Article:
Bertrand Russell has touched on this theme partially, by presenting his Celestial Teapot theory, although he was mainly concerned with the burden of the proof in religion. In my opinion, the more relevant cue to untangle this riddle, should be found in understanding better the phenomenon of “change”. Change is both at the origin of biological life and physical processes, but then, one might ask, what caused change in the first place?
This might always remain an unanswered question.
I recall the fundamental maxim I was taught when first facing the FX market :
In an article titled “Is There a God?” commissioned, but never published, by Illustrated magazine in 1952, Russell wrote:
Many orthodox people speak as though it were the business of sceptics to disprove received dogmas rather than of dogmatists to prove them. This is, of course, a mistake. If I were to suggest that between the Earth and Mars there is a china teapot revolving about the sun in an elliptical orbit, nobody would be able to disprove my assertion provided I were careful to add that the teapot is too small to be revealed even by our most powerful telescopes. But if I were to go on to say that, since my assertion cannot be disproved, it is intolerable presumption on the part of human reason to doubt it, I should rightly be thought to be talking nonsense. If, however, the existence of such a teapot were affirmed in ancient books, taught as the sacred truth every Sunday, and instilled into the minds of children at school, hesitation to believe in its existence would become a mark of eccentricity and entitle the doubter to the attentions of the psychiatrist in an enlightened age or of the Inquisitor in an earlier time.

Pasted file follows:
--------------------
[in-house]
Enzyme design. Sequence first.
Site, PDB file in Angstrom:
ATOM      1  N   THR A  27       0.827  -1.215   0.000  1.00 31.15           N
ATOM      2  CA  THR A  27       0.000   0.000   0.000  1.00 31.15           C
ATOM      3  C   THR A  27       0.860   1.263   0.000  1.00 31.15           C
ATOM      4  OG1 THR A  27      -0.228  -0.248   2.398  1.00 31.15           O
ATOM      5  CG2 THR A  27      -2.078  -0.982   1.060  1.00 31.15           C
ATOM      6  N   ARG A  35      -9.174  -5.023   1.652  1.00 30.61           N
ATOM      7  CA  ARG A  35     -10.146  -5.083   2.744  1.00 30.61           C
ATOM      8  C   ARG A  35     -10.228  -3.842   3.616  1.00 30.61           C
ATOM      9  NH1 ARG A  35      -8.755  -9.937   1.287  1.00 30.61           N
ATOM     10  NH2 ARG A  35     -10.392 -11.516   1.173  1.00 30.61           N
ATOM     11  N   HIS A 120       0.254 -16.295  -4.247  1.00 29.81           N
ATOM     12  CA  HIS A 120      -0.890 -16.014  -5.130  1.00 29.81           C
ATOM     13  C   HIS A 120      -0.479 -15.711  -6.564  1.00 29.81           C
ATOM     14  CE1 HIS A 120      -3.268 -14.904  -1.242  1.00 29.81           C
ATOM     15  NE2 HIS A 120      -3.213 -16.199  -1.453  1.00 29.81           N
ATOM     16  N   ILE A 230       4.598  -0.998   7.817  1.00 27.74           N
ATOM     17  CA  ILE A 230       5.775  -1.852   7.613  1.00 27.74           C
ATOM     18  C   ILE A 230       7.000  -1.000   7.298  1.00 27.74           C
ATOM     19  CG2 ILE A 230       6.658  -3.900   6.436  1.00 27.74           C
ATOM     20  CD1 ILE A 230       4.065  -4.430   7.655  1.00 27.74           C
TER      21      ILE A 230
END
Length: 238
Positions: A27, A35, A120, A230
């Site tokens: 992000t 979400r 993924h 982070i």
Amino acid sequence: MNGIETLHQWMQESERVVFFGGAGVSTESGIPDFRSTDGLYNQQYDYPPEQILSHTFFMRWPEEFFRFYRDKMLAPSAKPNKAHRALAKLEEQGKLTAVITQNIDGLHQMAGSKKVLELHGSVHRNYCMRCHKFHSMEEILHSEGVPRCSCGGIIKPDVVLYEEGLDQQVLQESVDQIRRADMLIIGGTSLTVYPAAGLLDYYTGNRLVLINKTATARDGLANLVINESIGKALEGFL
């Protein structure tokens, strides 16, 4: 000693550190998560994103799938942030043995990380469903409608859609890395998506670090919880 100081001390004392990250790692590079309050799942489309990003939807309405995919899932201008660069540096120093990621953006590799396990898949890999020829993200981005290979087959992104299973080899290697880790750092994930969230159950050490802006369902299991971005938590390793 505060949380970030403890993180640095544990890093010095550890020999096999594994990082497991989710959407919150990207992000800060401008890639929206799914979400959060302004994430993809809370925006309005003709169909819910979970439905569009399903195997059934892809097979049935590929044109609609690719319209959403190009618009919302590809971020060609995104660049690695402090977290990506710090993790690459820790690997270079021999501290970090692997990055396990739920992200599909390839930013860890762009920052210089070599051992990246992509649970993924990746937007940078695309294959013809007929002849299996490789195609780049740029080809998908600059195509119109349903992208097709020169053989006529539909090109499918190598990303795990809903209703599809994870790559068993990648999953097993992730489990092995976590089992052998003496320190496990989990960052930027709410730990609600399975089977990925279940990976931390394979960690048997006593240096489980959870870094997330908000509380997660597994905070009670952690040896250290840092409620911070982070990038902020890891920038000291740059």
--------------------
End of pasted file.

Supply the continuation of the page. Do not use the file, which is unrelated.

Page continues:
This little shiny statue, at first reminiscent of a gesture of diving, caught my attention, because of the expression of the face. It radiates the kind of happiness you see in people who have just fallen in love, and suddenly in my mind the dive transformed into a flight among the stars.
If there is ever a chance for a man to fly to the moon, it will have to be when he is in love.
Have you ever had an impression, as if you saw something for the first time in your life, even if it makes part of your everyday surroundings?
– I bet yes. It was because you thought about that thing in a different way. Lateral thinking and lateral looking are twins.
What do you think these artefacts have to do with the 21st century humans?